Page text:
Mark Field’s new Conservatives for Managed Migration group hasn’t attracted overwhelming public support from MPs. When it launched this morning, it only had two Tory MPs openly signed up, with Field telling BBC News that ‘I think we have got quite a few supporters’ but refusing to give an exact number.

This might be causing No. 10 some satisfaction, although Downing Street sources are insisting that they are ‘relaxed’ about the group. It does, after all, argue that there is a ‘fundamental problem’ with the Conservatives’ net migration target. And there is considerable irritation among the Prime Minister’s advisers that MPs feel the need to set up new groups whenever they want to discuss a policy as these groups are inevitably read as a sign of a new Tory split on an issue.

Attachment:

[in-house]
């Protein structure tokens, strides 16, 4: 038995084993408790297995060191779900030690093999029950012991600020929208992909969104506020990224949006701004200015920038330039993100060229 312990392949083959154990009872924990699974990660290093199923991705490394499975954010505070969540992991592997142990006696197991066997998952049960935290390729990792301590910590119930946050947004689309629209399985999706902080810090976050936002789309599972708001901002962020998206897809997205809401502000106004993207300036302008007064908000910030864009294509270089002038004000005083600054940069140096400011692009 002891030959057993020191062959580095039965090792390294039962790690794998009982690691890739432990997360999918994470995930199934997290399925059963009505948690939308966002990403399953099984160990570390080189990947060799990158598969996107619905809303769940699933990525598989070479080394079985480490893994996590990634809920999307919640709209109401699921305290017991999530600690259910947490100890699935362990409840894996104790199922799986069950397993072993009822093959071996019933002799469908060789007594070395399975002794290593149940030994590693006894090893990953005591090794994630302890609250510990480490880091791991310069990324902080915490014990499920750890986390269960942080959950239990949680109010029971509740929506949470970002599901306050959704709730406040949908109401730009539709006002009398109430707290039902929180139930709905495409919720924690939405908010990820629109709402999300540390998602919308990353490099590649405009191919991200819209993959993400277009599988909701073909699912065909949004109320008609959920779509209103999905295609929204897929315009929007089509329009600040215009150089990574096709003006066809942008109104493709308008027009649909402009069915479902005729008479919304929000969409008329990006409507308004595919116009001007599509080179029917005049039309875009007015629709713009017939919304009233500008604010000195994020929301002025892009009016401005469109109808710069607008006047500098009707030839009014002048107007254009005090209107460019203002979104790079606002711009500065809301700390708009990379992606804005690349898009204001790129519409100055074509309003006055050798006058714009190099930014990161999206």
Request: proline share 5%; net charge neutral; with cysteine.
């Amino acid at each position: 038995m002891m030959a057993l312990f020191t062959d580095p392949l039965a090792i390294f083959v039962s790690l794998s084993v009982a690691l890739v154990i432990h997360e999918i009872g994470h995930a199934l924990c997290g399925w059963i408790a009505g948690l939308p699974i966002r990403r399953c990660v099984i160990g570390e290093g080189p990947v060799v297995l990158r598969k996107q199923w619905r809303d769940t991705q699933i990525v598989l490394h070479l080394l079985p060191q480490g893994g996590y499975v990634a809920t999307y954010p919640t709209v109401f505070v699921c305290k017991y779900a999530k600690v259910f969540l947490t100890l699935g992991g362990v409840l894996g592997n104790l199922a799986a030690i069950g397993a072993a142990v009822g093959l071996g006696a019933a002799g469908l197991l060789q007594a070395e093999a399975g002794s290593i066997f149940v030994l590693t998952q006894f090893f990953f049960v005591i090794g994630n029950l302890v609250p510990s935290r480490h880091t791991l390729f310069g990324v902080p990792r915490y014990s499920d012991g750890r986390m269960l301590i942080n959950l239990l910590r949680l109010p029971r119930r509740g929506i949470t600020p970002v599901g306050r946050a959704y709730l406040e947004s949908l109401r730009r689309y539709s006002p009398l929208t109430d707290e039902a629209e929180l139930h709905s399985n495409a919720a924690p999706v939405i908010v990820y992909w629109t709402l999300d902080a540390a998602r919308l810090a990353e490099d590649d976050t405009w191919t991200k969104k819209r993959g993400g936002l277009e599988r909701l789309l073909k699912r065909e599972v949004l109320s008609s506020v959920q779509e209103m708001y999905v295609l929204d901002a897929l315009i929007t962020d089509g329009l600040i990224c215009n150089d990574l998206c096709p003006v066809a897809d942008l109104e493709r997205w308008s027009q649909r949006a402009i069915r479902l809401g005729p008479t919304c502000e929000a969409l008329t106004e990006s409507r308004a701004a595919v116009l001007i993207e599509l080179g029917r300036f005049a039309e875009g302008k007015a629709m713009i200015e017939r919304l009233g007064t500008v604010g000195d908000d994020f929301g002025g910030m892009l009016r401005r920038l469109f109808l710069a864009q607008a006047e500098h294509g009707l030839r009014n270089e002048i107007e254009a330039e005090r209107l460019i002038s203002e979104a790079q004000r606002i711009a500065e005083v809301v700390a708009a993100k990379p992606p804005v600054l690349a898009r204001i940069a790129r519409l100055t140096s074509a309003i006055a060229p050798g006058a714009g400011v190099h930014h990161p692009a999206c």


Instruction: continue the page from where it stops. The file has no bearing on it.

However, I have spoken to a number of Conservative MPs today who do support Field’s group, but are biding their time before openly signing up for a number of reasons. Those who feel Field has a point are by no means from the lefty wing of the Tory party. One right-wing backbencher says it is ‘crazy to ban talented non-EU immigrants and have no control over unskilled EU migrants’. But the lack of public enthusiasm is partly down to a belief amongst MPs that Field is part of the anti-Cameron camp and this is a trouble-making group. Some feel that associating with it could harm their chances of promotion in any forthcoming reshuffle. Others know that it’s easier for Field to make this point when he is sitting on a 11,076 majority than it is for someone in a marginal seat where Ukip could cause problems.

But the point is that Field is encouraging debate on an issue that many have sympathy with in the Conservative party. And that means that whether or not Conservatives for Managed Migration have a big group of MPs backing them at launch, No. 10 probably shouldn’t feel too ‘relaxed’.

Tags: Conservatives, Conservatives for Managed Migration, UK politics